The BHM gives the Mistranslation of Basswood Theory a high degree of plausibility although there is no explanation given of how the Native American words that express “Basswood” become “Buffalo.” 

The Native American words for “Buffalo Creek” are “Toseoway” and “Tehoseroron.”  The first is included on Ellicott’s 1804 map alongside “Buffalo Creek” and means “Place of Basswood,” while the second is found in the 1784 Fort Stanwix Treaty and means “Among the Basswoods,” and it was insisted on by the Native Americans as a designation because Buffalo Creek was a boundary in this treaty and needed to be precise.  Without being able to show how Toseoway or Tehoseroron turned into the word Buffalo this theory remains lacking.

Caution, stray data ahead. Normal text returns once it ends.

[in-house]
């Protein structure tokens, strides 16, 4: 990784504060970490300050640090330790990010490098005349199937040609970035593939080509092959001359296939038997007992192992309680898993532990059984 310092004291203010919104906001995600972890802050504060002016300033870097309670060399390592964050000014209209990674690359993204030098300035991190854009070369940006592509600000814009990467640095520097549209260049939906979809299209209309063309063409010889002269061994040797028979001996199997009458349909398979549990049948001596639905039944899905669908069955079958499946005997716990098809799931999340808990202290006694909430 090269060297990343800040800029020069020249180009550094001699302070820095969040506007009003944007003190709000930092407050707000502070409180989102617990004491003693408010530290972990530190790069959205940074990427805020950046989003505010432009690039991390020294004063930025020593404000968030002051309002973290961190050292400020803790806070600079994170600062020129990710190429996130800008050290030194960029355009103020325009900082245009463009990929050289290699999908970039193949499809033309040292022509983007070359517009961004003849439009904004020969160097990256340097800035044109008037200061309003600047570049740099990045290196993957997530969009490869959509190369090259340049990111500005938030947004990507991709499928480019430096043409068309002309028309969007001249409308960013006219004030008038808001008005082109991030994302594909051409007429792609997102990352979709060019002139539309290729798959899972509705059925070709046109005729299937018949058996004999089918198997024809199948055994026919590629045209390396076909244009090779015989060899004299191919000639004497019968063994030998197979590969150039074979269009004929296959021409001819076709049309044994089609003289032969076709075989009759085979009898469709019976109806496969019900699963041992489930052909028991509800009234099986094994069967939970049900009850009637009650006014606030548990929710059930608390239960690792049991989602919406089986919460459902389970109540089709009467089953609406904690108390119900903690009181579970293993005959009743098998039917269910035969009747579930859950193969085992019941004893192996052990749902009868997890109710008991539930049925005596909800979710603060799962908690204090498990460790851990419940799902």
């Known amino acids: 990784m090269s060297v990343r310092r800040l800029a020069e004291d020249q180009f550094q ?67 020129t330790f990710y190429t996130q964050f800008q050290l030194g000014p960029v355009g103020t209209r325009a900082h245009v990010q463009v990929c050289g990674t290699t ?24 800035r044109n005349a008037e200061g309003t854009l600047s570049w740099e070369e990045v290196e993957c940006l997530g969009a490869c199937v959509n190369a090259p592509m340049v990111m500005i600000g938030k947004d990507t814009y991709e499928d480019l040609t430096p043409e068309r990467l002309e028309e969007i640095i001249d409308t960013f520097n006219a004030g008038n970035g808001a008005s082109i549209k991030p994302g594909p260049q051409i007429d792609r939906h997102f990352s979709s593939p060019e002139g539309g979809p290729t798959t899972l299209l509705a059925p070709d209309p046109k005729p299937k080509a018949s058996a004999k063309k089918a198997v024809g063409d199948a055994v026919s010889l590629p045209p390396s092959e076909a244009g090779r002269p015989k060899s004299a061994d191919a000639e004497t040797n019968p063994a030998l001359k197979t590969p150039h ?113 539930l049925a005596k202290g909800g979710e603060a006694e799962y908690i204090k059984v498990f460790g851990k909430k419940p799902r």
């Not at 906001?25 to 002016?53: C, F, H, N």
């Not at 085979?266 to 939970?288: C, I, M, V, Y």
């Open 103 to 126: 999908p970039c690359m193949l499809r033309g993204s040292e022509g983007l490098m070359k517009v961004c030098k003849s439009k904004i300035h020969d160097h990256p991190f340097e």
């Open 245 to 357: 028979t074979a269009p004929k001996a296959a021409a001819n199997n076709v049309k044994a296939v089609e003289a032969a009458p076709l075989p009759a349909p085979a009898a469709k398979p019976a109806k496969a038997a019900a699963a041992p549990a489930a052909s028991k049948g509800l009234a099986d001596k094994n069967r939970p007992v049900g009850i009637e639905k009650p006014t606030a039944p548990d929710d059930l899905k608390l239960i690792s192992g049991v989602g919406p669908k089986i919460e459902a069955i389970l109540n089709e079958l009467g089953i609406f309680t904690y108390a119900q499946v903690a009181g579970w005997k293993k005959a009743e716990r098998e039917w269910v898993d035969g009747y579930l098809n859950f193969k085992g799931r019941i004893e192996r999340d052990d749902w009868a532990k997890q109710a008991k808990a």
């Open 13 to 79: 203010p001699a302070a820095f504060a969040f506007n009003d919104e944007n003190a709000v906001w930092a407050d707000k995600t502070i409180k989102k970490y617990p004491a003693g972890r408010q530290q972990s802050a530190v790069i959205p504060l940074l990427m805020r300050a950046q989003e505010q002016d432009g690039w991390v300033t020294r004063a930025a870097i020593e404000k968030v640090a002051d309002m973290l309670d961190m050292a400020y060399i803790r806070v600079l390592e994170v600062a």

Fortunately, the answer is that the Corruption of Bois Blanc Theory explains it.  The French used “Bois Blanc” – literally “White Woods” – as a designation for trees like the basswood and birch, which they found useful for working  on their boats while travelling in the Great Lakes region in the 17th and 18th centuries.  The Native Americans and the French in their own languages, gave Buffalo Creek the same name involving “Basswoods.”  It is unknown if they named the creek independently or if one of the Nations took it from the other, nor does it matter in explaining the origin, other than both Nations were calling Buffalo Creek based on its attribute of having many basswoods around it.

Finally, let’s look at the Corruption of Bois Blanc Theory that William Beauchamp is credited by the BHM with first mentioning.  Here is what Mr. Beauchamp said on the subject: “On Pouchot’s map the creek appears as R. au Boiblanc, equivalent to River of Basswoods, and Buffalo may be a corruption of this.”  To me, Beauchamp did not go far enough explaining how Bois Blanc became Buffalo.  I have therefore gathered a number of facts together and consider this theory to be mine as well as his.